“If I wanted to go into marketing, I would have gone to business school.”

In other words, celebrity news and marketing are now one and the same—right, Kim?

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Teddy Bear Org Shamelessly Criticizes Miley for Free Publicity

Ever heard of The Teddy Bear Fund? Neither had we—until we read news that the organization, a nonprofit apparently created “for kids and by kids” and dedicated to handing out teddy bears to abused children, contacted TMZ to issue a statement about Miley Cyrus’ recent defamation of the beloved stuffed animal.

Miley made a poor choice to use a universally loved children’s teddy bear in an offensive way. There is always good art and bad art — unfortunately … this was bad art. Hopefully she might consider reversing this situation by giving lots of teddy bears to children in need of comfort.

This is a pitch disguised as some sort of protest. As much as we approve of giving teddy bears out at shelters, we find it more than a little icky.

Yes, we know we promised not to mention this stupid story again, but this was a pretty good example of how not to make the most of a pop culture “controversy”. Unlike Apple, we’re not perfect—and no, we will not link to TMZ.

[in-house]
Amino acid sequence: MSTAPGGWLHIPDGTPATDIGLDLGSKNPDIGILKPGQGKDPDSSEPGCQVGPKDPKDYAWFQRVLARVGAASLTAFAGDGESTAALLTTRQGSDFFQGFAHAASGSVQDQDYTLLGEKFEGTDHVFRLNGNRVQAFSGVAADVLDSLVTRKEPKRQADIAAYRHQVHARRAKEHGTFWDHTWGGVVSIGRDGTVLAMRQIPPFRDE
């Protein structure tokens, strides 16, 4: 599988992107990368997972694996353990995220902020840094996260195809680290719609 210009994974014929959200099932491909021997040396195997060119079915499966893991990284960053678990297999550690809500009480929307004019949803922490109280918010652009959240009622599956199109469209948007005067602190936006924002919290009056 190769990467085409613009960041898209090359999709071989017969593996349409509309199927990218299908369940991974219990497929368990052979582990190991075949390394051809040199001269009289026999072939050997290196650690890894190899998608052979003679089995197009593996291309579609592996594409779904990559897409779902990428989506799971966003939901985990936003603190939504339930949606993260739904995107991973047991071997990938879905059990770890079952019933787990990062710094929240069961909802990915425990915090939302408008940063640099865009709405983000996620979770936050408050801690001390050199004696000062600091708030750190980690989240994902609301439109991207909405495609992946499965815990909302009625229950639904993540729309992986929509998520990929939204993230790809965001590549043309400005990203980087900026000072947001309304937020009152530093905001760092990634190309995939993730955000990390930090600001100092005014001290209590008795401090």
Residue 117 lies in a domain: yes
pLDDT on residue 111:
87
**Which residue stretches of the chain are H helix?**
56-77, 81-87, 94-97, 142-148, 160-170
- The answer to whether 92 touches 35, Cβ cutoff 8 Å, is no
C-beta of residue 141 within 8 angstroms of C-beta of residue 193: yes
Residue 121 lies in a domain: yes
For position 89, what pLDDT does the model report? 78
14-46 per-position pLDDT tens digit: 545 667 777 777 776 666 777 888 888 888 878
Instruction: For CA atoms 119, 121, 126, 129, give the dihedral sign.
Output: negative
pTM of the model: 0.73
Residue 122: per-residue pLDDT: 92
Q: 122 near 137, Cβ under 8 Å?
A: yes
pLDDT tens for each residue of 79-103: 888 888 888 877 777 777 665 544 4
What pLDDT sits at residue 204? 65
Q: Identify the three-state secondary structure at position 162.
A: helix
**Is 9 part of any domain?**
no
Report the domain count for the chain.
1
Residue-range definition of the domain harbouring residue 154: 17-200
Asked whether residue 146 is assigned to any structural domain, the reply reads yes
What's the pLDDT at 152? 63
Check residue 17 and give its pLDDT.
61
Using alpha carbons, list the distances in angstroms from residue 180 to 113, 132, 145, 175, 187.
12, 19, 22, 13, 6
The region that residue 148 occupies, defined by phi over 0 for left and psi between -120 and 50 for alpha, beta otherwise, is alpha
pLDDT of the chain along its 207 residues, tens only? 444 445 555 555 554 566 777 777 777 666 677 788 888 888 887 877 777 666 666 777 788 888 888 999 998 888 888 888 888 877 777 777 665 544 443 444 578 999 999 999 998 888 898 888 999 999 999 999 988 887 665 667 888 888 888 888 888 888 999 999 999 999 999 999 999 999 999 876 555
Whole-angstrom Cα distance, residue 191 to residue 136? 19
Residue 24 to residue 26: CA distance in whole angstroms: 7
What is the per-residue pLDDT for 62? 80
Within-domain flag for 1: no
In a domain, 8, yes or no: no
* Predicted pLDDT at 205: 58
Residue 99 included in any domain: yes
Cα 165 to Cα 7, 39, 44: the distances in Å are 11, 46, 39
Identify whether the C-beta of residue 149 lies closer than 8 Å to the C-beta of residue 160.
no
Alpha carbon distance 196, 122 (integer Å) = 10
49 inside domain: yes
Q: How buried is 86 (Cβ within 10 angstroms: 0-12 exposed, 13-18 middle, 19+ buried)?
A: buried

The Friday Dump: Kris Humphries Thinks Lamar Odom Should Fear ‘The PR Spin Machine’

Today in Oh God, We Went There news, NBA free agent and E! Entertainment property Lamar Odom was arrested this morning for suspicion of DUI in Los Angeles after cops saw him doing that whole “driving erratically” thing. This is a terribly unfortunate story, yet despite the fact that we have never willingly watched the show that shall not be named, we almost feel like we saw it coming—and so, apparently, did Kris Humphries.

Earlier in the week, we received a totally unverifiable tip that a West Hollywood PR firm connected to that family had hired a crisis management specialist famous for rehabilitating the images of flailing celebrities, the implication being that this pro was there to either prevent or clean up a disaster.